The families of victims killed by British soldiers during the Troubles have called on veterans groups to cancel their “deeply hurtful” demonstrations.
A rally protesting the prosecution of a former British soldier charged with murdering unarmed civilians during Bloody Sunday took place last weekend in Belfast, following on from a number of similar events in recent weeks.
A small counter-protest, organised by victims’ relatives and campaigners, took place across from Belfast City Hall where the gathering was held.
There are at least three prosecutions against British soldiers underway. Thousands of bikers from across the UK rode into London last week to protest against the same prosecution of a British soldier over Bloody Sunday.
They were also demonstrating against the decision to charge a retired serviceman, known as Soldier F, with murder and attempted murder.
He is the only member of the Parachute Regiment to face prosecution over the killings of 13 people at a civil rights demonstration in Derry in 1972.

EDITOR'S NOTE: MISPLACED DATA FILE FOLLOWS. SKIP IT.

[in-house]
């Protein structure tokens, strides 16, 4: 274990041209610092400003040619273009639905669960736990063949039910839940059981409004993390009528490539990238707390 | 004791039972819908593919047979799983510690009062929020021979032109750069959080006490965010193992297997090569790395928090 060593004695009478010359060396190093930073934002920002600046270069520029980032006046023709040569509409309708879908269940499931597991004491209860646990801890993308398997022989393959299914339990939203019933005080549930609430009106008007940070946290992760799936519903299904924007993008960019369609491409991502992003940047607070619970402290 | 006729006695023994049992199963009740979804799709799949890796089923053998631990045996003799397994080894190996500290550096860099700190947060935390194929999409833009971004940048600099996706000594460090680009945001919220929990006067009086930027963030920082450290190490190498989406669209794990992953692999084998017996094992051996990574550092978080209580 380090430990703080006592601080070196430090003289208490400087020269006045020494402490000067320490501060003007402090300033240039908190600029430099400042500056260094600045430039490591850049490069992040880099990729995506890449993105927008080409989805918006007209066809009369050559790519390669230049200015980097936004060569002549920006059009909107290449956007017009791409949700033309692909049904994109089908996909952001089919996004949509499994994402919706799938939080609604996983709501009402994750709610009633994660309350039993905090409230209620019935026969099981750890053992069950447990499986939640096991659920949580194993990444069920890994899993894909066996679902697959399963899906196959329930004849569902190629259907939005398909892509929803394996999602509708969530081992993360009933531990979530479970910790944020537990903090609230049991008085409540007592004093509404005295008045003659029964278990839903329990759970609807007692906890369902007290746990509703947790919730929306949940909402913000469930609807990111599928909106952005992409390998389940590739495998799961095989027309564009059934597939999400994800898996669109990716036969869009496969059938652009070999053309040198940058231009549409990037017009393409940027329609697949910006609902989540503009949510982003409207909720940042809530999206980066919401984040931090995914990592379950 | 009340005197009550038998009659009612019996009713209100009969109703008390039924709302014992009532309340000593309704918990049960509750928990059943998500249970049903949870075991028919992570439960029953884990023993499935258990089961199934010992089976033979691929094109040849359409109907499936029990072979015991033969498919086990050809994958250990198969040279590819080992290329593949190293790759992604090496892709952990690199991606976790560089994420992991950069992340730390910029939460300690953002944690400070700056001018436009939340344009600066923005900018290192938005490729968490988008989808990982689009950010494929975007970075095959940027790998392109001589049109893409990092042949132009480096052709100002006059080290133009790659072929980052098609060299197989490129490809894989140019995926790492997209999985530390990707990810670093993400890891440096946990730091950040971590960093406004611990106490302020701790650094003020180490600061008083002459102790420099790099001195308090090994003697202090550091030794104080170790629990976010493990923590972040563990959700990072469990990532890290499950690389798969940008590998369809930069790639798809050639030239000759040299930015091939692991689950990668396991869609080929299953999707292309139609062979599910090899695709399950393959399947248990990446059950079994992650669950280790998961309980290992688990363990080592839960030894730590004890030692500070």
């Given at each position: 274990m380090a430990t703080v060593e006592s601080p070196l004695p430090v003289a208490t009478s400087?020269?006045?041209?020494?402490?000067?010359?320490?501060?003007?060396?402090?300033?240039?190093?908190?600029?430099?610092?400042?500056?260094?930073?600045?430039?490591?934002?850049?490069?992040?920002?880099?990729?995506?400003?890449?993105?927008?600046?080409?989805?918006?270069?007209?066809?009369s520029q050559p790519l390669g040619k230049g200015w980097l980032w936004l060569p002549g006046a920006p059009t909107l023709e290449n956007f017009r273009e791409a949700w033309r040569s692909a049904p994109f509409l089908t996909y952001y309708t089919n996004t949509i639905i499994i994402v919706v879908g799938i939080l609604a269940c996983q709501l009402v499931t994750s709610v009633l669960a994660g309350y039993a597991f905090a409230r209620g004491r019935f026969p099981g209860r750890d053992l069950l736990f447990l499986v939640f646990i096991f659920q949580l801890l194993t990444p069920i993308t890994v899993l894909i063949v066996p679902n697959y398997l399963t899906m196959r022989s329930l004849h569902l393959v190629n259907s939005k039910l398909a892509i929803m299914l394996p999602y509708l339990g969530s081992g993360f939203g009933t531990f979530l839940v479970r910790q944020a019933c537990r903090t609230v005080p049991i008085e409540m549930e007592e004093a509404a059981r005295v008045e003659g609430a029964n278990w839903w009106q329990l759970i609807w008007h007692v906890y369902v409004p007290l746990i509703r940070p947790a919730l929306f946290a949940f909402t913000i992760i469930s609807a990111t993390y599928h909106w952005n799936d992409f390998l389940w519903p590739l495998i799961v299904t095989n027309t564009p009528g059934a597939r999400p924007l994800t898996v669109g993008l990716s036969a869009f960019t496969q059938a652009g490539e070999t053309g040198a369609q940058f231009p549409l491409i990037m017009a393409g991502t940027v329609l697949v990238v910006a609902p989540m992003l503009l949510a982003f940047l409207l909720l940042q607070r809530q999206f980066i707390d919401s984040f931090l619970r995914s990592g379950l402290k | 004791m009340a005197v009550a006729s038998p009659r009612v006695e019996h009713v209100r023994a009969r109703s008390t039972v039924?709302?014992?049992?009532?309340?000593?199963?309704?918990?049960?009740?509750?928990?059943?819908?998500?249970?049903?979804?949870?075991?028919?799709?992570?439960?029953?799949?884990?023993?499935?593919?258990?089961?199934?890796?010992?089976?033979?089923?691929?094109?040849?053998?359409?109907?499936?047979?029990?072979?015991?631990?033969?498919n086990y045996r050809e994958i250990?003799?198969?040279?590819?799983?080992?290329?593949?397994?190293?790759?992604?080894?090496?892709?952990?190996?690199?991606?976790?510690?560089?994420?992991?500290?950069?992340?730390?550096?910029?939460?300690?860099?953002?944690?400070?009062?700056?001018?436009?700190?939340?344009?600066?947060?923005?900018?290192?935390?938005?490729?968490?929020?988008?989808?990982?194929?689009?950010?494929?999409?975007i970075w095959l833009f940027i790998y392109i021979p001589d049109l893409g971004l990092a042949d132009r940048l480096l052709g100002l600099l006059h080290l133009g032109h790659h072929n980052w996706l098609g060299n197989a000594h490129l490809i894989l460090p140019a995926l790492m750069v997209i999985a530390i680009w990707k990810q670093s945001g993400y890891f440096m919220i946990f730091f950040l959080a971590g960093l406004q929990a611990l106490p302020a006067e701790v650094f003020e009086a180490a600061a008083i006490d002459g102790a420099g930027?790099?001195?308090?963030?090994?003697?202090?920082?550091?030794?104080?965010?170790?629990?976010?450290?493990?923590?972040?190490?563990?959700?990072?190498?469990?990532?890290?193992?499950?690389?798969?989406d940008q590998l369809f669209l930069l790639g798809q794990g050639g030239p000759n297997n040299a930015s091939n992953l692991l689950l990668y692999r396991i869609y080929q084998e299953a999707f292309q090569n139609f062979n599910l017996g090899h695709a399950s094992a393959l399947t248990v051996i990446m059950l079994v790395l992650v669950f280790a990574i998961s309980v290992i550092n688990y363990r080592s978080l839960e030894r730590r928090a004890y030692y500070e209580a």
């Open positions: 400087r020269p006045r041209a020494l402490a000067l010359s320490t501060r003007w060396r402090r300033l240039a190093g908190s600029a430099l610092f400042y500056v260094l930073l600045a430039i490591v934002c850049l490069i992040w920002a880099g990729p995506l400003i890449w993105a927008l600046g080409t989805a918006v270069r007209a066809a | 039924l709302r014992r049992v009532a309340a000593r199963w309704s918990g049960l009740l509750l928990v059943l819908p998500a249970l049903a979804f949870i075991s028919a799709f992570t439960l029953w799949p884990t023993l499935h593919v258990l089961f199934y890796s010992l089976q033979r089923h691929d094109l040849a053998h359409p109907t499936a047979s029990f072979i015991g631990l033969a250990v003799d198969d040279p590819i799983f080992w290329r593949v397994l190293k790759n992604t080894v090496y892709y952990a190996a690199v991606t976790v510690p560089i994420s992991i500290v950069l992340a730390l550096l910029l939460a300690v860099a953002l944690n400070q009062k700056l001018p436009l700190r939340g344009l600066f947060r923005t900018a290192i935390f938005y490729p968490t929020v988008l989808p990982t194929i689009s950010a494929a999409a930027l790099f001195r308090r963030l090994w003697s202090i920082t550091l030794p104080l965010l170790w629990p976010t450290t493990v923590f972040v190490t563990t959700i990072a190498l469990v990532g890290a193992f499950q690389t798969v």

Rallies organised by Justice for Northern Ireland Veterans, a campaign group founded to support ex-British service members being investigated for crimes, including murder, are causing hurt to families who lost loved ones during the Troubles.
John Teggart, whose father was killed during the 1971 Ballymurphy massacre in which 11 people were killed by British soldiers in west Belfast, said: “We are asking those who support murder suspect Soldier F to think of the families who lost their loved ones in Derry 1972 . We also ask all Para flags to be taken down.”
An inquest into the Ballymurphy shootings is still hearing evidence.
Teggart also suggested that the campaign group is now earning support from right-wing groups and loyalist paramilitary organisations. “Shame on those who support this murderer,” he said, referring to Soldier F.
Many Tory backbenchers have voiced their opposition to veterans being prosecuted.
At the Justice for Northern Ireland Veterans march last week in London, however, the only political party which showed it’s full support was UKIP, the far-right, anti-Islam party.
Gerard Batten, it’s leader, pledged his full support to ex-soldiers facing prosecution at a rally last week.
The Ministry of Defence has estimated that between 150 and 200 former soldiers and police are under investigation for alleged actions taken during the Troubles.
A split has opened up between the Northern Ireland Office and the Ministry of Defence over how to deal with historical accusations, the Guardian reported last week.
The British government has considered a statute of limitations for former British soldiers accused of killings. The Irish government said any kind of amnesty would breach legacy peace agreements between Ireland and the UK.
By Colin Gannon
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